Trump said it “is Hillary Clinton’s agenda” to “release the violent criminals from jail. She wants them all released.”

It would be preposterous for any politician who wants to win an election to propose freeing every violent criminal from jail. Like many political figures today on the right, center and left, Clinton supports something much more modest — easing how the criminal justice system treats nonviolent offenders. That’s a far cry from saying Clinton is poised to set free everyone from Charles Manson to Unabomber Ted Kaczynski.

We rate Trump’s claim Pants on Fire!

Louis Jacobson

Clinton on Trump’s taxes

Releasing federal tax returns has become a rite of passage for presidential candidates. Trump, who has marched to his own drummer in many ways this campaign season, has been the exception, refusing to release them.

During an appearance on NBC’s “Meet the Press,” Democratic front-runner Hillary Clinton chided Trump for keeping his returns secret. She said: “The only two we have show that he hasn’t paid a penny in taxes.”

Clinton has one thing correct here — public records do indicate that there were two years in the 1970s when Trump paid nothing in federal taxes. But the same public records show three other years in which Trump did pay federal income taxes.

When we checked with the Clinton campaign, they referred us to a Washington Post story headlined, “Trump once revealed his income tax returns. They showed he didn’t pay a cent.” The source for the story is a document uncovered and posted online by the Washington Post’s fact checker, Glenn Kessler. He used it to show that, contrary to Trump’s claim that “there’s nothing to learn” from his tax returns, the returns can reveal a great deal about a presidential candidate. Kessler gave Trump’s statement that there was “nothing to learn” four Pinocchios.

The key document relevant to Clinton’s statement is a 1981 report by New Jersey gambling regulators analyzing Trump’s finances as part of his efforts to get a casino license for a proposed casino-hotel complex. Page 33 reports on Trump’s income and federal tax payments for 1975 through 1979.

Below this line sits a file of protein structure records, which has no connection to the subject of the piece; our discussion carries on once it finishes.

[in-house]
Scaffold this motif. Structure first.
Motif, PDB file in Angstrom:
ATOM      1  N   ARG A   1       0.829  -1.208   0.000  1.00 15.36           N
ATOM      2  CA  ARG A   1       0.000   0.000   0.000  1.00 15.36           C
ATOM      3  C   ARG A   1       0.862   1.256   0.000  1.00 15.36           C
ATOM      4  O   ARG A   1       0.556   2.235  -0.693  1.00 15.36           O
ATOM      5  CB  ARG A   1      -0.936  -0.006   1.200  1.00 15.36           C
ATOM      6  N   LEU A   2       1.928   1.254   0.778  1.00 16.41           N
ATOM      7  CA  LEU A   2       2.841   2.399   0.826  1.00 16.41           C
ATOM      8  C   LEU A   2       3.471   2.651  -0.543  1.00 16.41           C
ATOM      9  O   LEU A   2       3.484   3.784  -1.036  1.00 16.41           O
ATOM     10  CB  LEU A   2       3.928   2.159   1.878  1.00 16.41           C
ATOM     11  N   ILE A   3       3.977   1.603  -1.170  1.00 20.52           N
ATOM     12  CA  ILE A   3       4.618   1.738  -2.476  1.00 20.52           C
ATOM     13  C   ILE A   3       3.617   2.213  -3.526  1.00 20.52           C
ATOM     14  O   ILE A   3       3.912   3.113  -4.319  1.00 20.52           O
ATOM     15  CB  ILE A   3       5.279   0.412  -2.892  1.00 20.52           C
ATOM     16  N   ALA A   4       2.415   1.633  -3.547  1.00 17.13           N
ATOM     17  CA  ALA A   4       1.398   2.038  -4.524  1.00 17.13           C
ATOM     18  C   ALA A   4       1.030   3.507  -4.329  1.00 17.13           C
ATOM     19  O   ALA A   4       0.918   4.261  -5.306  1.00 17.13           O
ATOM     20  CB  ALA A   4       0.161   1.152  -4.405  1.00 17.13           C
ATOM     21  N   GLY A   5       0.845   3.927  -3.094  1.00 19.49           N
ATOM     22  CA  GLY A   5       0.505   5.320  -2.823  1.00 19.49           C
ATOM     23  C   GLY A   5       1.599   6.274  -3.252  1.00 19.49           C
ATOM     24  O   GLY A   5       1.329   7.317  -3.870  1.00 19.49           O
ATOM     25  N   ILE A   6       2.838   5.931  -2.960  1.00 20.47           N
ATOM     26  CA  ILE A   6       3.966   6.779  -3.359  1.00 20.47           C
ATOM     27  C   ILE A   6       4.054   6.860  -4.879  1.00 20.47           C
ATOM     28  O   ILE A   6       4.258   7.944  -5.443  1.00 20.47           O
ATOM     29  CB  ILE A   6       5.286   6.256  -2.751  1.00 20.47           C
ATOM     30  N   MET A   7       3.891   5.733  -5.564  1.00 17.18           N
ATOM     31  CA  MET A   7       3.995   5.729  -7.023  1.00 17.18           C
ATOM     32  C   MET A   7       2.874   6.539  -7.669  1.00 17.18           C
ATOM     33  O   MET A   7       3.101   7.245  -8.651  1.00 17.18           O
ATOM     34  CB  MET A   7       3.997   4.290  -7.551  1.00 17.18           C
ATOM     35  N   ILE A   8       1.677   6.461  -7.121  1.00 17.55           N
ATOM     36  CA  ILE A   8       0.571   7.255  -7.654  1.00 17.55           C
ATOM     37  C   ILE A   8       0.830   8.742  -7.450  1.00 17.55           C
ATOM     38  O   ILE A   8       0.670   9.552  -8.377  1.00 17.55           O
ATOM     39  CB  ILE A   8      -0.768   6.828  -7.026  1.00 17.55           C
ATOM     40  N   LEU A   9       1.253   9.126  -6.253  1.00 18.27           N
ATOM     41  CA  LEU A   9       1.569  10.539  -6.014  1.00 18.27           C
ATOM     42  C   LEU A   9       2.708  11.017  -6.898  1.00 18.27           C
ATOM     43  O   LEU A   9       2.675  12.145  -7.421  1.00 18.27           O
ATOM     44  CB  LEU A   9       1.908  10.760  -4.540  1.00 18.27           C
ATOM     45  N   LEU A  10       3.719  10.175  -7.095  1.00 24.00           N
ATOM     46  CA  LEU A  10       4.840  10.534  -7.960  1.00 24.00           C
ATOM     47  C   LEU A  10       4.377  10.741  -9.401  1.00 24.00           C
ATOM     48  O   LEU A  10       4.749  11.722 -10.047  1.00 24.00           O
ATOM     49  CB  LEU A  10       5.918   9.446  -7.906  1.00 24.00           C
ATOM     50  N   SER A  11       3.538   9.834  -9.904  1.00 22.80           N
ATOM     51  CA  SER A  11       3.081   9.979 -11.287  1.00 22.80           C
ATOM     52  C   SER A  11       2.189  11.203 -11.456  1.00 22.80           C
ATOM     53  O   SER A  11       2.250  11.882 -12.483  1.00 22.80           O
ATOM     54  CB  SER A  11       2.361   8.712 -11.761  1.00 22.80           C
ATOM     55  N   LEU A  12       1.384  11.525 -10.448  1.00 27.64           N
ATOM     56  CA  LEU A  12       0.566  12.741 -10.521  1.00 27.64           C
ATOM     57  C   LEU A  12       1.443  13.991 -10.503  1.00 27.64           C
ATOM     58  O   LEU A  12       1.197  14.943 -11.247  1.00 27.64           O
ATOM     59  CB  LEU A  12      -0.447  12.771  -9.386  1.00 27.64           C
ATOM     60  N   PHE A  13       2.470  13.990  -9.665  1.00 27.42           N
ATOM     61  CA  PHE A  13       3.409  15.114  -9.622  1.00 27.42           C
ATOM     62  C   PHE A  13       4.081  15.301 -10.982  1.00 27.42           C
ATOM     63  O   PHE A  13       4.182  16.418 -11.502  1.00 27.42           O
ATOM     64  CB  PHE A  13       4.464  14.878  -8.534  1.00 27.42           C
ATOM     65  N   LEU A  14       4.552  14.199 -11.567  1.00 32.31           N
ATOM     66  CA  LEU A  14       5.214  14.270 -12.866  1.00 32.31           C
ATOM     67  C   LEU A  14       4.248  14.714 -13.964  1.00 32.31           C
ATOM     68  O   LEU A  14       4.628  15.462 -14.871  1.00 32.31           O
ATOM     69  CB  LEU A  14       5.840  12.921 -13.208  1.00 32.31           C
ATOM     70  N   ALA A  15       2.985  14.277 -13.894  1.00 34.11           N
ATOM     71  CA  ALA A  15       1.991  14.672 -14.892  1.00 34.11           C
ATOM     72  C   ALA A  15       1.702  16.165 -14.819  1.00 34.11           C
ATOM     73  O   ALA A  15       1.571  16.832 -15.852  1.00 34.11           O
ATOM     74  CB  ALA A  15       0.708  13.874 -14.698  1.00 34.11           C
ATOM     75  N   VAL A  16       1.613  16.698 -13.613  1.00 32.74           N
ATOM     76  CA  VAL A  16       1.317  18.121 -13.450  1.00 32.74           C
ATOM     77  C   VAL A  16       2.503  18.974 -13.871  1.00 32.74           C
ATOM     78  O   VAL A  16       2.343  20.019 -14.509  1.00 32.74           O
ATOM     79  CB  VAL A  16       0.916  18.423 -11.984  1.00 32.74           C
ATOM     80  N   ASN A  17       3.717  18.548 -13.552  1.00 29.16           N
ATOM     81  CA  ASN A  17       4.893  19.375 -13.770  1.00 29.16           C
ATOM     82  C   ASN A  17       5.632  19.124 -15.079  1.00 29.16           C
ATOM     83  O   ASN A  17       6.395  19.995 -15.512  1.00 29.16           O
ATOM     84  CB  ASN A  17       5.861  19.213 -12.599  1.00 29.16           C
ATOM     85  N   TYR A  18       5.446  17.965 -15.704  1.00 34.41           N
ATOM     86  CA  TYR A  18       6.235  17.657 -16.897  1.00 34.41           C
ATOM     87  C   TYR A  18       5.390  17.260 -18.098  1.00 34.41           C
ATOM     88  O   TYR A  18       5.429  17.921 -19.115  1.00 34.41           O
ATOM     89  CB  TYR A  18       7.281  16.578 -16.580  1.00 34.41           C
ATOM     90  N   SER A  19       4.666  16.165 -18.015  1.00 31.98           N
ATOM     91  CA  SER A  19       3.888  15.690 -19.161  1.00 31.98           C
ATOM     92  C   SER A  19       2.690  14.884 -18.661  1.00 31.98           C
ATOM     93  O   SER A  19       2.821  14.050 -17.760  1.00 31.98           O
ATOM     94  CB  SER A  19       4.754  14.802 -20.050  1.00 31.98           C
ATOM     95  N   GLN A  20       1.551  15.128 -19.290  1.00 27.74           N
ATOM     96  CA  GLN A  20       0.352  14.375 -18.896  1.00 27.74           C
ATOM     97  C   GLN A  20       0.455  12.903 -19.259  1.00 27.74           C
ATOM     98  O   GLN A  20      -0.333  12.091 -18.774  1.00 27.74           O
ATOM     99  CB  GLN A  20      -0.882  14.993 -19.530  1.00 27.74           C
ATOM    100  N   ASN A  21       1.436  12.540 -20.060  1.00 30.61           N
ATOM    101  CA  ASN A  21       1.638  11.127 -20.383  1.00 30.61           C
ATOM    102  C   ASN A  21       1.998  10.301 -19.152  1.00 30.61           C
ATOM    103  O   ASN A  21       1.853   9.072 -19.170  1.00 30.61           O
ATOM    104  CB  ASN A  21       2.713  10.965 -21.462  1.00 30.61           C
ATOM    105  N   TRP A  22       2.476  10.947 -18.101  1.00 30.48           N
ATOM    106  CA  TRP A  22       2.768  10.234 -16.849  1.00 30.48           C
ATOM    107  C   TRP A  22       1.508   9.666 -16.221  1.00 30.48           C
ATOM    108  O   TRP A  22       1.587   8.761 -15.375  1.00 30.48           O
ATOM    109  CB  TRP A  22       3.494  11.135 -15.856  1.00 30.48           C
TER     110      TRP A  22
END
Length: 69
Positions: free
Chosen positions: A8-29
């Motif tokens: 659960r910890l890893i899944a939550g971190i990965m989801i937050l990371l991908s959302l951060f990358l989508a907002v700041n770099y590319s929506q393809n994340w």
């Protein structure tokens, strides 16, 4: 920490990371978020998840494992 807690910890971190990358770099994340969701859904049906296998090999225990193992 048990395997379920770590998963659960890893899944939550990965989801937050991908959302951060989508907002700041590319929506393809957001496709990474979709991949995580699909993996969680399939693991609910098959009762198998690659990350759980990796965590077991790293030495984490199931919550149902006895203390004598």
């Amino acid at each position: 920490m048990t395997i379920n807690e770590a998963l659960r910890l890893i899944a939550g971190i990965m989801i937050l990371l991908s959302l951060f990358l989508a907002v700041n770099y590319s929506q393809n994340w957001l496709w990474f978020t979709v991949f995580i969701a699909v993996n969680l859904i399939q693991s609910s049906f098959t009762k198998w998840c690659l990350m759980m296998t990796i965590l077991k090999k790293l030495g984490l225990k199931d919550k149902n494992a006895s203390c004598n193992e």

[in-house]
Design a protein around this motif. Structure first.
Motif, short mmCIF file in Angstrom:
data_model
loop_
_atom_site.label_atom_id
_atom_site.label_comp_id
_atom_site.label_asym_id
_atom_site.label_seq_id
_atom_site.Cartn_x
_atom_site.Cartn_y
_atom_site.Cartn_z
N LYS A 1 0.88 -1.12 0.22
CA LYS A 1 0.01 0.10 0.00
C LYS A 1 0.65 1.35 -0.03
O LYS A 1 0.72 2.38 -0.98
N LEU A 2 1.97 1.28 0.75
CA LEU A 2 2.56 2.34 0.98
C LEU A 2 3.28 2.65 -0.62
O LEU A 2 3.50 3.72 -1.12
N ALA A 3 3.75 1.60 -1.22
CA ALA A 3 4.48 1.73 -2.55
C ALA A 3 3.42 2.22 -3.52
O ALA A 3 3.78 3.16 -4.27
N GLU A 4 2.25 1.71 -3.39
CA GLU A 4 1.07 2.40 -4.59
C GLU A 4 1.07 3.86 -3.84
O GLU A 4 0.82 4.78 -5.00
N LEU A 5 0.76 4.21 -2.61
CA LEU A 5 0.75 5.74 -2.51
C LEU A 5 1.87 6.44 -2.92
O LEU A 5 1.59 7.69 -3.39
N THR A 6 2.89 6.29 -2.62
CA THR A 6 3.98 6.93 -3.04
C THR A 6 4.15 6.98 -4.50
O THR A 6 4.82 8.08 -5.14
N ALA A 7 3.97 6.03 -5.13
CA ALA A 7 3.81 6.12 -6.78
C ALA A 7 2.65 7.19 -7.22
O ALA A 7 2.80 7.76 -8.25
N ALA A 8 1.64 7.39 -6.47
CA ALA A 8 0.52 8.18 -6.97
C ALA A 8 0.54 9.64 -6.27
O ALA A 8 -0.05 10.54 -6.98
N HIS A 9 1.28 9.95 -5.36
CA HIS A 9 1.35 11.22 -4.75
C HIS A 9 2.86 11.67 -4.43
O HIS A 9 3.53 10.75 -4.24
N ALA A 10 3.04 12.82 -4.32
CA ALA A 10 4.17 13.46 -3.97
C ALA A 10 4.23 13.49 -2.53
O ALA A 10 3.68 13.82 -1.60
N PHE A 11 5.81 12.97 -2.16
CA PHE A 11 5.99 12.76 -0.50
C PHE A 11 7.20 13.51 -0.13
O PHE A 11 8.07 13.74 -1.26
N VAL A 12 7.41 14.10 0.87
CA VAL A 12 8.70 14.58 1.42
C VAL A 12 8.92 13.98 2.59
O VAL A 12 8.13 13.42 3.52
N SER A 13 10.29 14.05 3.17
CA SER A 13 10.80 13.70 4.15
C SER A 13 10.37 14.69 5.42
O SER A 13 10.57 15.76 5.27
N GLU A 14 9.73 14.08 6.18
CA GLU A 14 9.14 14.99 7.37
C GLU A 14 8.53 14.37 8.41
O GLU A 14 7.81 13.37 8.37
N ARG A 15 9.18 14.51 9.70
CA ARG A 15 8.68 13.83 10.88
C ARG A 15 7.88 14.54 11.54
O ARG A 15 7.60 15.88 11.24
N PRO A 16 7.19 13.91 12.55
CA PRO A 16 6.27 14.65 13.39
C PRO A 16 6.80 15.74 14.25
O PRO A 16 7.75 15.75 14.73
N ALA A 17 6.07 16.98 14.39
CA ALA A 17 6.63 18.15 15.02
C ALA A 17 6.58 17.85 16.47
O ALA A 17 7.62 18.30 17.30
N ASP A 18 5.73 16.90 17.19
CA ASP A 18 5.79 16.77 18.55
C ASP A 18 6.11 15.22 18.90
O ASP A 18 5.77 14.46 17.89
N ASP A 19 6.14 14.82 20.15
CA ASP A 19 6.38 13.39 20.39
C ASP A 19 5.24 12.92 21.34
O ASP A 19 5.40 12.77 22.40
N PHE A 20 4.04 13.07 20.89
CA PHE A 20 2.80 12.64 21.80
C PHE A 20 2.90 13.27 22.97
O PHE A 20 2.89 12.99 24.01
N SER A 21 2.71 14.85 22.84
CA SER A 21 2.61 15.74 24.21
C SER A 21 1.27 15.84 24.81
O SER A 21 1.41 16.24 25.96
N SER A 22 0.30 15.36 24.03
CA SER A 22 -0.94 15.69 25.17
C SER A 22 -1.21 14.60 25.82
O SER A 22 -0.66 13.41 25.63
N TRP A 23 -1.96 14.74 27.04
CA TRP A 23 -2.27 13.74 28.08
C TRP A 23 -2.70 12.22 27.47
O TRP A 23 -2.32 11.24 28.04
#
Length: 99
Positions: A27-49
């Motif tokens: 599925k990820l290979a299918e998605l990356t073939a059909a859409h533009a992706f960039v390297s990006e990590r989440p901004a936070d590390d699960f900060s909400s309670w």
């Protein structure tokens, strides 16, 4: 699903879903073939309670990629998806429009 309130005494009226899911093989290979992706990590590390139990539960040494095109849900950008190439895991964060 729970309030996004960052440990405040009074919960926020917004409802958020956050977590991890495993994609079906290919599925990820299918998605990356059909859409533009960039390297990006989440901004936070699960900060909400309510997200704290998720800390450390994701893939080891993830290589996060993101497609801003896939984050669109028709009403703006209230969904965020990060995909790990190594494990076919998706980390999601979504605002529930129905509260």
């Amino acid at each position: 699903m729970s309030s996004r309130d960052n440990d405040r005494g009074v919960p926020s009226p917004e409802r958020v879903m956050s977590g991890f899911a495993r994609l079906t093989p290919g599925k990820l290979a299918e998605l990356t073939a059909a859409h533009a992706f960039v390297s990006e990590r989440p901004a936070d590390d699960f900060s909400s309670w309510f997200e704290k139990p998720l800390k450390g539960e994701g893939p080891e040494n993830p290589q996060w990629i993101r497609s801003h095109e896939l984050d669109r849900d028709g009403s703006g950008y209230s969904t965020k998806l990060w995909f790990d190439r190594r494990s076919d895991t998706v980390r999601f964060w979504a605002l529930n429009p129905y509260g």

The report says that Trump did, in fact, pay federal taxes for three of those five years, a fact omitted in the Washington Post headline and story.

The report says Trump paid no federal income tax in 1978 and 1979 because, according to the tax rules, he lost money.

But the report reveals no specifics, so the details of his tax returns for those years remain a mystery.

Trump has made it clear in interviews and debates that he works aggressively to pay as little in taxes as possible.

Our ruling

We don’t know a lot about Trump’s tax situation, a fact exacerbated by his unwillingness to release his full tax returns.

Clinton’s statement contains an element of truth but ignores critical facts that would give a different impression. We rate it Mostly False.

C. Eugene Emery Jr. is a project operated by the Tampa Bay Times, in which reporters and editors from the Times and affiliated media outlets “fact-check statements by members of Congress, the White House, lobbyists and interest groups.” The Star Tribune opinion pages periodically republish these reports.